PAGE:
By Hans Dummer, Director of Visual Instruments, Epson EMEAR
According to the World Health Organisation, 80% of educational material is remembered when delivered via visual means, and 90% through interactive lessons, compared to just 25% retained from one-way verbal lectures. As a result, visual communication technologies – such as projectors and flat panels – are revolutionising the way education is delivered in schools and universities. But as the traditional delivery of education diminishes and digitisation in general increases, so does the negative impact on eye health. In fact, there has been a dramatic increase in myopia (short-sightedness) among half of Europe’s young adults – double the total amount 50 years ago. Yet, despite the established link between the use of screens and eye health, many schools today remain uninformed as to proper screen use and decision-making protocols.
Flat panel or projector?
There are two technology choices when it comes to group screen-teaching in schools: flat panels and projectors. Of the two, projectors are the established technology, but flat panels are being adopted by some establishments due to familiarity and perceived simplicity. However, research shows that 58% of students cannot read all content provided on a 70-inch flat panel, and not seeing what is being taught is not only detrimental to learning, but places undue strain on the eyes. Despite this, there is still no Europe-wide legislation in place to govern how such technology should be used in the classroom, or to ensure that what is installed is visible to all students in the class and, therefore, fit for purpose.
Projectors offer a far more responsible and flexible choice for the education environment, providing much bigger, scalable screen sizes of up to 100 inches.
Furthermore, today’s projectors are incredibly advanced, performing in daylight with super-high colour brightness, as well as incorporating connectivity that allows for BYOD interaction, interactive sensing and touch technologies, and bigger distortion-free images. In addition, they are more portable and take up much less space when not in use than a flat panel.
Ensuring the screen is fit for purpose
As market leader in projectors for the past 13 years, and working closely with a range of schools and training institutions, Epson knows how vision of projected information and images affect learning outcomes. As part of its CSR efforts, Epson is constantly pushing the boundaries to ensure its products truly meet user needs. Recognising the need for clear recommendations, Epson works with partners to ensure they have the correct product for their purposes. This ensures projected content is not too small, is of high quality and is clearly visible, taking into consideration viewing distance and angle from the screen. The result is that everyone in the room has the same opportunity to engage and share information.
Today’s learning methods are no longer centred on one person presenting to a group of students. Instead, students are presenting to other students as well as using screens to work collaboratively throughout the wider group. Therefore, classrooms require a planning process to facilitate appropriate integration of technology.
It is important to assess the needs and limitations of the environment parameters – room size, number of people using it, etc, and despite there being no overall legislation in place, there are currently several guiding principles that should be followed in order to maximise learning capacity and minimise the impact on students’ eyesight.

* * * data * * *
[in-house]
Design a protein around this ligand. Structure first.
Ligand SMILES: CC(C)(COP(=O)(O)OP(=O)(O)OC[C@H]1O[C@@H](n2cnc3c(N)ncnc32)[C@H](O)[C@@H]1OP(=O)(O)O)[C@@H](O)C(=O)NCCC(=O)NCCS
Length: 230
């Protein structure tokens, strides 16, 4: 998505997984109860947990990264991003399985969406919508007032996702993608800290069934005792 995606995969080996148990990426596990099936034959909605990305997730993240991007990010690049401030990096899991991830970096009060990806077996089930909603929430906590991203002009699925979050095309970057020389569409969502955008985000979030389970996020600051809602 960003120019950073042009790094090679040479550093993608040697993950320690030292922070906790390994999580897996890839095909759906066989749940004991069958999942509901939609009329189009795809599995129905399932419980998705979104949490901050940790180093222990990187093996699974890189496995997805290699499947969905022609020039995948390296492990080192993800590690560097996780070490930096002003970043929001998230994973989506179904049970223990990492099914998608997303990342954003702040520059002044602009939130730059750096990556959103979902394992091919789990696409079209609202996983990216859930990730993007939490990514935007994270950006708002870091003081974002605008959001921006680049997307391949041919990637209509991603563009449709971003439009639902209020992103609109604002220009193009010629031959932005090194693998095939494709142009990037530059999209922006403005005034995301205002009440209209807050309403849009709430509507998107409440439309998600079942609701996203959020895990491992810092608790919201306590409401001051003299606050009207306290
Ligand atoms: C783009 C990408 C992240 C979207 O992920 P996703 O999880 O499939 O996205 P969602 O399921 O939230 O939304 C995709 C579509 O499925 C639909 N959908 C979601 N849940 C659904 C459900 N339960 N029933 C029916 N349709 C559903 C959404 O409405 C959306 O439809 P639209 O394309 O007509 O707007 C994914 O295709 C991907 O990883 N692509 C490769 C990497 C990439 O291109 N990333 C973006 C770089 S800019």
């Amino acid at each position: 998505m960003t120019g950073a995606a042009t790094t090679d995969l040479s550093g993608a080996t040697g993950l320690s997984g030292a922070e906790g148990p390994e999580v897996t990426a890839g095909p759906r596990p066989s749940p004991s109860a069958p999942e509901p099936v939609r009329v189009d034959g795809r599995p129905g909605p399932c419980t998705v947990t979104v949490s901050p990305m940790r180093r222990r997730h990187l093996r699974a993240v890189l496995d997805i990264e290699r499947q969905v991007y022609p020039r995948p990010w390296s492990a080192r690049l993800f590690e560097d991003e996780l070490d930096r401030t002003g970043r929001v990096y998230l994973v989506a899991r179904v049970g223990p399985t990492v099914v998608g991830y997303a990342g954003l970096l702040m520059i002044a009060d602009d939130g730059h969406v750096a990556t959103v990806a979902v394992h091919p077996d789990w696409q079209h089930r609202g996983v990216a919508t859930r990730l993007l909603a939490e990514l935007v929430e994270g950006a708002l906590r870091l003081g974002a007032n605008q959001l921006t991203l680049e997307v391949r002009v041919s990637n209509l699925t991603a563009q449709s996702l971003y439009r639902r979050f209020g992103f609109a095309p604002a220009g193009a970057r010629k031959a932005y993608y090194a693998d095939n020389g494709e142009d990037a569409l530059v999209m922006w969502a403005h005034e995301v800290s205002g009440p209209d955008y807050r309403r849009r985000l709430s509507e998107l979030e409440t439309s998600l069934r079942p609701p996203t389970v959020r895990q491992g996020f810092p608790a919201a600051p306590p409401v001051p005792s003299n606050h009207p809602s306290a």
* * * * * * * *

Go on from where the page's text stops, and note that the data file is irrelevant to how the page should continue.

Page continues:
According to guidelines set out by the University of South Wales in its report entitled Audio Visual and Teaching Space Guidelines:
– The bottom of the screen should be no lower than 1.2m from the floor;
– The minimum distance between the first row and the screen should be twice the screen height;
– The minimum screen width should be the same as the distance between the closest viewer and the screen; and
– The maximum horizontal and vertical viewing angle is considered to be 45 degrees and 30 degrees respectively.
Taking it one step further, guidelines are also in place for the type of information being viewed in a classroom setting. The widely accepted 4-6-8 rule is based on the recommendations of research and
regulatory bodies and states that the furthest participant in the room from the screen should sit no further than 4-6-8 times the vertical height of the screen away, depending on the task being performed. “Passive viewing” (eg video viewing), can be the furthest away, followed by “detailed viewing” (eg general reading of presentations), and lastly “inspection viewing” (eg small text and spreadsheet content) whereby the furthest participant can be no further than four times the vertical height of the screen away.
As research and analyst firm The Smart Cube reports, numerous factors come into play when ascertaining the technology to opt for and the size of the screen needed including ceiling height, length and width of room, number of people in the room and budget available. Clearly, this impacts the buying choice between flat panels and projectors. And although there are no universally recognised standards for screen size, only guidelines, it cannot be disputed: the larger the screen the more likely information is to be clearly seen and therefore retained and comprehended by the classroom audience. Consequently, the education sector – in order to enable maximum learning potential and minimum health impact – should more regularly be choosing projectors over flat panel screens.
When it comes to visual communication and interactive and collaborative learning, screen size does, in fact, matter.